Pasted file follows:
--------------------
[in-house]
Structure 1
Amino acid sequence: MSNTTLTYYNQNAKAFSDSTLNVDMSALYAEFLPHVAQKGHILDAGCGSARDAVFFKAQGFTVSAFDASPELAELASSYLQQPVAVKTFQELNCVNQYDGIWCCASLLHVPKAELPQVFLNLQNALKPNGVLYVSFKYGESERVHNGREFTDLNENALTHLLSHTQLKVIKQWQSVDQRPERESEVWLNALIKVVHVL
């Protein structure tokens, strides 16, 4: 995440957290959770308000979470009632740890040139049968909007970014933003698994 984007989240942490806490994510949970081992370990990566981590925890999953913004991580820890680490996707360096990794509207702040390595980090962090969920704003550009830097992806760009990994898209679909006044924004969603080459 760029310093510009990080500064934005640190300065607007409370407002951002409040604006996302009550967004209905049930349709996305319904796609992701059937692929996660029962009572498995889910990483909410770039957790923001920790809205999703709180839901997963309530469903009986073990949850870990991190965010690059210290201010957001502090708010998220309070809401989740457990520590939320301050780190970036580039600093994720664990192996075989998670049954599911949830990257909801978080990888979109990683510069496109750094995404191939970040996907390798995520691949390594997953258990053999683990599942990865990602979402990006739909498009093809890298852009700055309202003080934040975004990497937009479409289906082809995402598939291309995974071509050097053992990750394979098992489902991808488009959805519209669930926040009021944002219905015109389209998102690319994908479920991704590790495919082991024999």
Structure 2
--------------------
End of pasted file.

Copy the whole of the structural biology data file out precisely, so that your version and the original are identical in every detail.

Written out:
[in-house]
Structure 1
Amino acid sequence: MSNTTLTYYNQNAKAFSDSTLNVDMSALYAEFLPHVAQKGHILDAGCGSARDAVFFKAQGFTVSAFDASPELAELASSYLQQPVAVKTFQELNCVNQYDGIWCCASLLHVPKAELPQVFLNLQNALKPNGVLYVSFKYGESERVHNGREFTDLNENALTHLLSHTQLKVIKQWQSVDQRPERESEVWLNALIKVVHVL
């Protein structure tokens, strides 16, 4: 995440957290959770308000979470009632740890040139049968909007970014933003698994 984007989240942490806490994510949970081992370990990566981590925890999953913004991580820890680490996707360096990794509207702040390595980090962090969920704003550009830097992806760009990994898209679909006044924004969603080459 760029310093510009990080500064934005640190300065607007409370407002951002409040604006996302009550967004209905049930349709996305319904796609992701059937692929996660029962009572498995889910990483909410770039957790923001920790809205999703709180839901997963309530469903009986073990949850870990991190965010690059210290201010957001502090708010998220309070809401989740457990520590939320301050780190970036580039600093994720664990192996075989998670049954599911949830990257909801978080990888979109990683510069496109750094995404191939970040996907390798995520691949390594997953258990053999683990599942990865990602979402990006739909498009093809890298852009700055309202003080934040975004990497937009479409289906082809995402598939291309995974071509050097053992990750394979098992489902991808488009959805519209669930926040009021944002219905015109389209998102690319994908479920991704590790495919082991024999």
Structure 2